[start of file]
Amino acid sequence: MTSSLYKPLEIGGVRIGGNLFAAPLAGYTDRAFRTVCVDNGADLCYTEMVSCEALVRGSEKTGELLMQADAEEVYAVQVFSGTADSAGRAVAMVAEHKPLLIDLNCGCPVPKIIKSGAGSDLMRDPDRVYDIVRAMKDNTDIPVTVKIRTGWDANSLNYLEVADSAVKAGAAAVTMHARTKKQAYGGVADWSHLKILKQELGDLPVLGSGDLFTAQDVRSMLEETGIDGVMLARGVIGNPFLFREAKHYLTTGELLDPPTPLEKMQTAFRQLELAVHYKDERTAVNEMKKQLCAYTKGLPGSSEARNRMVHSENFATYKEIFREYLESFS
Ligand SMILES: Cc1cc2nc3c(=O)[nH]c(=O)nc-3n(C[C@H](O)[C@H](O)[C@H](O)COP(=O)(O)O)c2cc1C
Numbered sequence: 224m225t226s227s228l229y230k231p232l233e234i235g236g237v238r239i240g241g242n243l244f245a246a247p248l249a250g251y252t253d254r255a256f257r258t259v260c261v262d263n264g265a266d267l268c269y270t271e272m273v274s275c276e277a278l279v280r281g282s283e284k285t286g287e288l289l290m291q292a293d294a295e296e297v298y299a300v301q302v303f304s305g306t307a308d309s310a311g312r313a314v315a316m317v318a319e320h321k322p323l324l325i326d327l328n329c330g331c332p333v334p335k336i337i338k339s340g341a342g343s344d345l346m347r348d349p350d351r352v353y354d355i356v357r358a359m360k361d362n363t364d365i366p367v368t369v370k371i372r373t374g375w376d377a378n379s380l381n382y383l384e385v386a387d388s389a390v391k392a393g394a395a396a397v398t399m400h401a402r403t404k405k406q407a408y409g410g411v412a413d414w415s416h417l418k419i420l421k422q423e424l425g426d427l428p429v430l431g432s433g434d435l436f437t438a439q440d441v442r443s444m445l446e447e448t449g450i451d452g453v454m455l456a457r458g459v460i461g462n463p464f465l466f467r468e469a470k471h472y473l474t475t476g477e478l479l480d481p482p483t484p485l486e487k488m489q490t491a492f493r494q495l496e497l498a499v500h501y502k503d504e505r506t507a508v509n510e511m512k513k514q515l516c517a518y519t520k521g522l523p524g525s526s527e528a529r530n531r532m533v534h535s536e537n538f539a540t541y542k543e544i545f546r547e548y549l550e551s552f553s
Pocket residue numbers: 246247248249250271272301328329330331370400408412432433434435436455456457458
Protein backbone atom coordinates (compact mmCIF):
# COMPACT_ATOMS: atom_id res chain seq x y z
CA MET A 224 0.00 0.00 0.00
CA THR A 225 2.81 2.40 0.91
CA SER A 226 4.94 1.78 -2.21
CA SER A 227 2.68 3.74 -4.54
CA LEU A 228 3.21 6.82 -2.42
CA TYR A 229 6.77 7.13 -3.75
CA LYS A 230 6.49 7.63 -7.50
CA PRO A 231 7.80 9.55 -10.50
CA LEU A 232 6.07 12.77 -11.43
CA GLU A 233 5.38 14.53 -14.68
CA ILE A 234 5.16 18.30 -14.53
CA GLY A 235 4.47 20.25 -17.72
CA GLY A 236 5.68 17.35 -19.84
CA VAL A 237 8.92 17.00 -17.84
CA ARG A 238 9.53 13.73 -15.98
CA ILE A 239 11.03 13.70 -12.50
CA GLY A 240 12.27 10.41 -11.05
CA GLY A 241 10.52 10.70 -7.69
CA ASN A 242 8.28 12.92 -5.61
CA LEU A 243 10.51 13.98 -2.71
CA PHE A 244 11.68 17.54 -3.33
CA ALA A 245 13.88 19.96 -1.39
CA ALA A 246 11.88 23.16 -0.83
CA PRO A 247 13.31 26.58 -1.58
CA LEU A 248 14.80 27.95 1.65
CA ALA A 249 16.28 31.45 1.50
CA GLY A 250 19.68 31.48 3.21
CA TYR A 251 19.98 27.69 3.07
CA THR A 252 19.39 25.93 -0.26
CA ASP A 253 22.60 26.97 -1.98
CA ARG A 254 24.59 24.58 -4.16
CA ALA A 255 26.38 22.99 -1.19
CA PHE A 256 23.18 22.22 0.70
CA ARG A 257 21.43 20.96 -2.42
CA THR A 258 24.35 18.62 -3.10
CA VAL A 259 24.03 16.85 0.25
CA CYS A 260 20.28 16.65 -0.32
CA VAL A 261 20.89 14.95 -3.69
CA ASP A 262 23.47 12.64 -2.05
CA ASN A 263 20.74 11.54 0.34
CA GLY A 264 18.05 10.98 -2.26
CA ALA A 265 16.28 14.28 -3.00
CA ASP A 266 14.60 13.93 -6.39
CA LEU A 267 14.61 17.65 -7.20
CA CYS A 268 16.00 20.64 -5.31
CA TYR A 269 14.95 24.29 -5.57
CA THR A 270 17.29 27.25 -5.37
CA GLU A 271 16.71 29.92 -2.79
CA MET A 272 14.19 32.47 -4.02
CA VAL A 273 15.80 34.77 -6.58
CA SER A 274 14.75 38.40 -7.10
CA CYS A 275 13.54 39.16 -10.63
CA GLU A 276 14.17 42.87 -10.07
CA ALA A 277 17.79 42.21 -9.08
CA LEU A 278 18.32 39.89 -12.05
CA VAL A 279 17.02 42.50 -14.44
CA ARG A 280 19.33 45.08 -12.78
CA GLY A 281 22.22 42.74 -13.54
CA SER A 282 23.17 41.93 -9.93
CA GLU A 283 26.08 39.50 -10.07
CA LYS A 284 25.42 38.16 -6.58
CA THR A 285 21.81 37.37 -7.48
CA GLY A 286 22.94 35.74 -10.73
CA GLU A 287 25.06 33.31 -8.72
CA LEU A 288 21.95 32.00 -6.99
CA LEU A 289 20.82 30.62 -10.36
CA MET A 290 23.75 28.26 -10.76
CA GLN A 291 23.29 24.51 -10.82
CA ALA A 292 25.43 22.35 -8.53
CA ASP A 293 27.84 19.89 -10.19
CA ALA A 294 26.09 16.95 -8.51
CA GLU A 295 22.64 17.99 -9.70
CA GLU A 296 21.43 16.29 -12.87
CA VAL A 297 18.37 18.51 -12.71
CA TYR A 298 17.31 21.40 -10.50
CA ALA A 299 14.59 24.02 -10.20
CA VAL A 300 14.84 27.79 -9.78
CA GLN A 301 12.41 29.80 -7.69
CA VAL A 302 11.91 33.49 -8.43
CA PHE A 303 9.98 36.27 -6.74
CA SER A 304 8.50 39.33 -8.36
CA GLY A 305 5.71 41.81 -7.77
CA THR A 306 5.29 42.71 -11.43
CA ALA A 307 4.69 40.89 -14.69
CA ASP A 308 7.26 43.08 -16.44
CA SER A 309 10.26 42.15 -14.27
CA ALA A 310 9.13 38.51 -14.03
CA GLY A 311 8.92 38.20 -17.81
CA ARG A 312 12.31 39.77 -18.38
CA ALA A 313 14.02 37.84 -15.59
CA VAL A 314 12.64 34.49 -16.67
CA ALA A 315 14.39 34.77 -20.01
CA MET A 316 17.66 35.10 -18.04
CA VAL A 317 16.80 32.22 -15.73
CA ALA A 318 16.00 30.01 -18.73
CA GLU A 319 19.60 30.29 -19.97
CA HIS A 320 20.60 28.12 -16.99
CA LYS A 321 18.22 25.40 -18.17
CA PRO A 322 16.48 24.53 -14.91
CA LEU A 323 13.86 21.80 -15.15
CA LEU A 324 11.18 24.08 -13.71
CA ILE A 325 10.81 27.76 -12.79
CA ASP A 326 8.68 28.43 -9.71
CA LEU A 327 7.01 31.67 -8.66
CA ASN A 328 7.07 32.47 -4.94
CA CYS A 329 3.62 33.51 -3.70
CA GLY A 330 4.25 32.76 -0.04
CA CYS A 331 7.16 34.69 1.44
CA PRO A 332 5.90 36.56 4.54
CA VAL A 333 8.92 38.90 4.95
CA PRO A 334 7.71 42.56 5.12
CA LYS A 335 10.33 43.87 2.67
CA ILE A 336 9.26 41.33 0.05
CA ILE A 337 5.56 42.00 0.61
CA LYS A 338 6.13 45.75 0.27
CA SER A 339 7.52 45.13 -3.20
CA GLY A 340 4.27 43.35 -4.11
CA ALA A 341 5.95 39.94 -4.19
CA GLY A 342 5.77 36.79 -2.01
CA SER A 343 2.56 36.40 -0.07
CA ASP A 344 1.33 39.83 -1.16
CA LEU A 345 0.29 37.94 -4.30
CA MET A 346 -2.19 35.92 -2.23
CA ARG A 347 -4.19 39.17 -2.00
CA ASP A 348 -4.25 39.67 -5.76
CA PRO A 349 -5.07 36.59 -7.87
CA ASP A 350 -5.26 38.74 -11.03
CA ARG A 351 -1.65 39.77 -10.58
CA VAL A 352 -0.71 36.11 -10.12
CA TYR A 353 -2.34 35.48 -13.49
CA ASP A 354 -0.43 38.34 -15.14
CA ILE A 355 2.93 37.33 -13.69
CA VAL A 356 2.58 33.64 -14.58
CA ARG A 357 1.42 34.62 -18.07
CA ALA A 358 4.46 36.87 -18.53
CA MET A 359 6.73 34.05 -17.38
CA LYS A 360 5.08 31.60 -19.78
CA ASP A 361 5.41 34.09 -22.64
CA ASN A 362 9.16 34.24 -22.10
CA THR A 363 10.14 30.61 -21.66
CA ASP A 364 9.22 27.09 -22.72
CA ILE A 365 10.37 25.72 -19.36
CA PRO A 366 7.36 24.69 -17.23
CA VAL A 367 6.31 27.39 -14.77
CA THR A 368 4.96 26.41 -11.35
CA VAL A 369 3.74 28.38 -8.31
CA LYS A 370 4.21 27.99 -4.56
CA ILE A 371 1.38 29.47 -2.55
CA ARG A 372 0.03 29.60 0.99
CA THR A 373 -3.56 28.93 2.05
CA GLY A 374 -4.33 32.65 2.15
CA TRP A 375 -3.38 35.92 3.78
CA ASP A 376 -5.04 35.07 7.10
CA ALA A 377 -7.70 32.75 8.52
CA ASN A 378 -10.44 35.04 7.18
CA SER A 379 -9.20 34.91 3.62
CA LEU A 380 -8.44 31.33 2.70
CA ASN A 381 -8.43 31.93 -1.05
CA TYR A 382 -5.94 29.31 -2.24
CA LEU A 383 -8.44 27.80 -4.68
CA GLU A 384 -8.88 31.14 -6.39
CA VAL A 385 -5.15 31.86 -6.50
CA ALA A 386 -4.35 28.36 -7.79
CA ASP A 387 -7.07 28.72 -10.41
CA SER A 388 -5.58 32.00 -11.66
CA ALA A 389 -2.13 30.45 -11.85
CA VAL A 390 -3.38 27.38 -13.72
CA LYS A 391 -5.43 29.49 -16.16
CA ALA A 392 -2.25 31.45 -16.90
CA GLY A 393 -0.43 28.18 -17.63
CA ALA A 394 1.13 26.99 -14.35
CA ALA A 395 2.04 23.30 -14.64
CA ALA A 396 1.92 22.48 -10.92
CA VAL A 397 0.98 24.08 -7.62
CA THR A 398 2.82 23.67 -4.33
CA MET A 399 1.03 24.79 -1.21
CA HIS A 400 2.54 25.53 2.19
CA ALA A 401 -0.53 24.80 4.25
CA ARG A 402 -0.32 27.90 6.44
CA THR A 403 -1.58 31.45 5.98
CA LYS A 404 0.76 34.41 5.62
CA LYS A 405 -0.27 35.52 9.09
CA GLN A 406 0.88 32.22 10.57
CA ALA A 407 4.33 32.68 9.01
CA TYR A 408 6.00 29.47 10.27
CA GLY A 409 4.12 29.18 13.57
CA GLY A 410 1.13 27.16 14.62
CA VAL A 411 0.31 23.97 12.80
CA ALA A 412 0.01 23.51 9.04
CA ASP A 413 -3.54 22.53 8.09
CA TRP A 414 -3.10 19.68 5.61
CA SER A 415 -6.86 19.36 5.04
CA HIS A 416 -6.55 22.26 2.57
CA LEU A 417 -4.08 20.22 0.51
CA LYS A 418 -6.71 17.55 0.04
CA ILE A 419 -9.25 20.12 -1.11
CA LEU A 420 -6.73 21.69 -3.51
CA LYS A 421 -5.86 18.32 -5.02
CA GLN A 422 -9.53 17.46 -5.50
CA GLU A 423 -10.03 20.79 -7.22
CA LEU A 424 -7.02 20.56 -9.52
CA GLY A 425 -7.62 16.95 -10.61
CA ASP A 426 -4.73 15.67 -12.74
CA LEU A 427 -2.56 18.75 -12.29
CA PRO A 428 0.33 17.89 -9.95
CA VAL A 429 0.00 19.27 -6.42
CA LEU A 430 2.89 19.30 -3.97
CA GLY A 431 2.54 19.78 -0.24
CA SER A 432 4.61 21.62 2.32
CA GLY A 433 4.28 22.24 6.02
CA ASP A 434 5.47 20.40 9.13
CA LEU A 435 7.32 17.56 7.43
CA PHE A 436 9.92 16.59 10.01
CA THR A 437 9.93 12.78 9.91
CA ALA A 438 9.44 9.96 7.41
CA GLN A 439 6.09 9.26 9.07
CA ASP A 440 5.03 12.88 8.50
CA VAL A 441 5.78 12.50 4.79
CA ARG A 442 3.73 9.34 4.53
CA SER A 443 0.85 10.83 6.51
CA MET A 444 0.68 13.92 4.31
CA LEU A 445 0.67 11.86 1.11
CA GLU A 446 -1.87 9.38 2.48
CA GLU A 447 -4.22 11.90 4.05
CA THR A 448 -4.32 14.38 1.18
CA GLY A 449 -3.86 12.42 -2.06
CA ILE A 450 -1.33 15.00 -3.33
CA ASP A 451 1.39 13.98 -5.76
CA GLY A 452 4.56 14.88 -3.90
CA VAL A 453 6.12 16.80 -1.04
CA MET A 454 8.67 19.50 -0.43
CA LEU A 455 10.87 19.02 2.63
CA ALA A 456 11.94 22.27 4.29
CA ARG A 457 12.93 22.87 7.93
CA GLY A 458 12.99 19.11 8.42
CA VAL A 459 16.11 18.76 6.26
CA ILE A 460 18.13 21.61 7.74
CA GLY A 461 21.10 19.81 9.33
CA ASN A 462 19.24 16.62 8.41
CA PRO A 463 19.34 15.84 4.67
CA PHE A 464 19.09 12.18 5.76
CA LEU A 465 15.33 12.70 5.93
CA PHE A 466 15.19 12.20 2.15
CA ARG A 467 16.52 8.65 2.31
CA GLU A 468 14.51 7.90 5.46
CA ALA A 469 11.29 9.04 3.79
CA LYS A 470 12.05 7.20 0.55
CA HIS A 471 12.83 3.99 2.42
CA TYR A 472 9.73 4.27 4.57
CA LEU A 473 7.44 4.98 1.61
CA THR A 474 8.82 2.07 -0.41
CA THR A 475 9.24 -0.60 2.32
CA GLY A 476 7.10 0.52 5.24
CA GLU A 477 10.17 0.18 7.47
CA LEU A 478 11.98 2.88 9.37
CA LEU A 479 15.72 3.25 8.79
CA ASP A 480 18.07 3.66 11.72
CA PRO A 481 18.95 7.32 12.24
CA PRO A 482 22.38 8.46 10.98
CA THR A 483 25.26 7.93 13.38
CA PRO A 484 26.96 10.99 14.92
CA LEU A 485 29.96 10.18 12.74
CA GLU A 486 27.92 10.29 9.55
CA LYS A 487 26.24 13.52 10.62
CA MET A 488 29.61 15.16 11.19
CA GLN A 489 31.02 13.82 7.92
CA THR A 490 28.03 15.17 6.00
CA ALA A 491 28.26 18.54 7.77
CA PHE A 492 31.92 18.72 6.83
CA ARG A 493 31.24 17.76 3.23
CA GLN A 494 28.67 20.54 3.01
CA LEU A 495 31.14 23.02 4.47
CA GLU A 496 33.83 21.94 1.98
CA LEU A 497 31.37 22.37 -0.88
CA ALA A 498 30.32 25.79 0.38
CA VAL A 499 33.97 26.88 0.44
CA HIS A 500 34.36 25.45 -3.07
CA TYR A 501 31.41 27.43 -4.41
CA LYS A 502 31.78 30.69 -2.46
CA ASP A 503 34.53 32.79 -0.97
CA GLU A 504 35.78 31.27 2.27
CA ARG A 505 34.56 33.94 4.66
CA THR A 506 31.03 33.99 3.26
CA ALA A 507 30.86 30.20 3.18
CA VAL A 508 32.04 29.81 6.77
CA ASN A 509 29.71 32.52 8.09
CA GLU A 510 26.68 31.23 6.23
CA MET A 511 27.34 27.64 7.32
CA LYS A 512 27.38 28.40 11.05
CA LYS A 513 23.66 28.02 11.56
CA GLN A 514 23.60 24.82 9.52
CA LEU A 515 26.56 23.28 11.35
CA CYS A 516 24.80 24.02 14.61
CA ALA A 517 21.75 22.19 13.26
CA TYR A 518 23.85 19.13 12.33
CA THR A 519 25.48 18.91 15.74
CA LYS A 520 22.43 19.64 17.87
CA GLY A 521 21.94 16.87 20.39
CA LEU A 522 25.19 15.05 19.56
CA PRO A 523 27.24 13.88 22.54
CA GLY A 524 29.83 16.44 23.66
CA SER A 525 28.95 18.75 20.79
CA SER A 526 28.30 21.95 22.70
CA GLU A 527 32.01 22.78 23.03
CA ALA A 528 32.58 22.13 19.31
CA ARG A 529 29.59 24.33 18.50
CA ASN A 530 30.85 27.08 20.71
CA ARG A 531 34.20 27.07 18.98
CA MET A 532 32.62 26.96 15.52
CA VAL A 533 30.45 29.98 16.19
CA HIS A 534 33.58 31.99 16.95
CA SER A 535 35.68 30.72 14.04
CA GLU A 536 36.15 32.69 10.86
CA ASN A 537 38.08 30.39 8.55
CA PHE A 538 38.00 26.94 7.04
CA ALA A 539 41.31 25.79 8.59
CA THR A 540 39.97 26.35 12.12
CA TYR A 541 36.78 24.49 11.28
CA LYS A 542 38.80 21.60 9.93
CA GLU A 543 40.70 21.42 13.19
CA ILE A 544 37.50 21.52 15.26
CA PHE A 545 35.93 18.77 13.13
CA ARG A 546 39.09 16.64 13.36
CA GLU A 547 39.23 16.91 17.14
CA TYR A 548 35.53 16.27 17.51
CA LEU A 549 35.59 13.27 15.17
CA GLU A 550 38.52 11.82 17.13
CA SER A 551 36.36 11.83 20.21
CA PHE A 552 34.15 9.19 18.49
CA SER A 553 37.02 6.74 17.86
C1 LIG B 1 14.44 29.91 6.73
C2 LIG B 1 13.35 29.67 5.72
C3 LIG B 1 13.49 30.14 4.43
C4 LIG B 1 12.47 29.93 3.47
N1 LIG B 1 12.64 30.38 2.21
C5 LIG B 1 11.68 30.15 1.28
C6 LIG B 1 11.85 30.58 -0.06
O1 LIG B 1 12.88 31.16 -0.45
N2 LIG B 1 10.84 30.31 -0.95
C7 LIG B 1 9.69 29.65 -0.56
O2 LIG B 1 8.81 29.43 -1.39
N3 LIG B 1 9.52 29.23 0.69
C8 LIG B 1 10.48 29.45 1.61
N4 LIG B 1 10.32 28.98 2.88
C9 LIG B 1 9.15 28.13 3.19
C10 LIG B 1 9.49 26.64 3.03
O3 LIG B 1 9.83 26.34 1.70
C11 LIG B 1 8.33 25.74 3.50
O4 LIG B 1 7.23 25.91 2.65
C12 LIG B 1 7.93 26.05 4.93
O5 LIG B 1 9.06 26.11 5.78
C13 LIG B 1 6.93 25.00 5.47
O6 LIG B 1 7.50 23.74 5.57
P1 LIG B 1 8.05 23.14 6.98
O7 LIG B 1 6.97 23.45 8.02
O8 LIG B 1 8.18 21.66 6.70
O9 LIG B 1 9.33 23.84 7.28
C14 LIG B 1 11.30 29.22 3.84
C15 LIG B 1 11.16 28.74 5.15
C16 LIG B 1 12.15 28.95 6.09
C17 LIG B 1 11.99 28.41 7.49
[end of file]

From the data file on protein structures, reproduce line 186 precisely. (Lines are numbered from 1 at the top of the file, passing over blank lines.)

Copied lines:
CA THR A 403 -1.58 31.45 5.98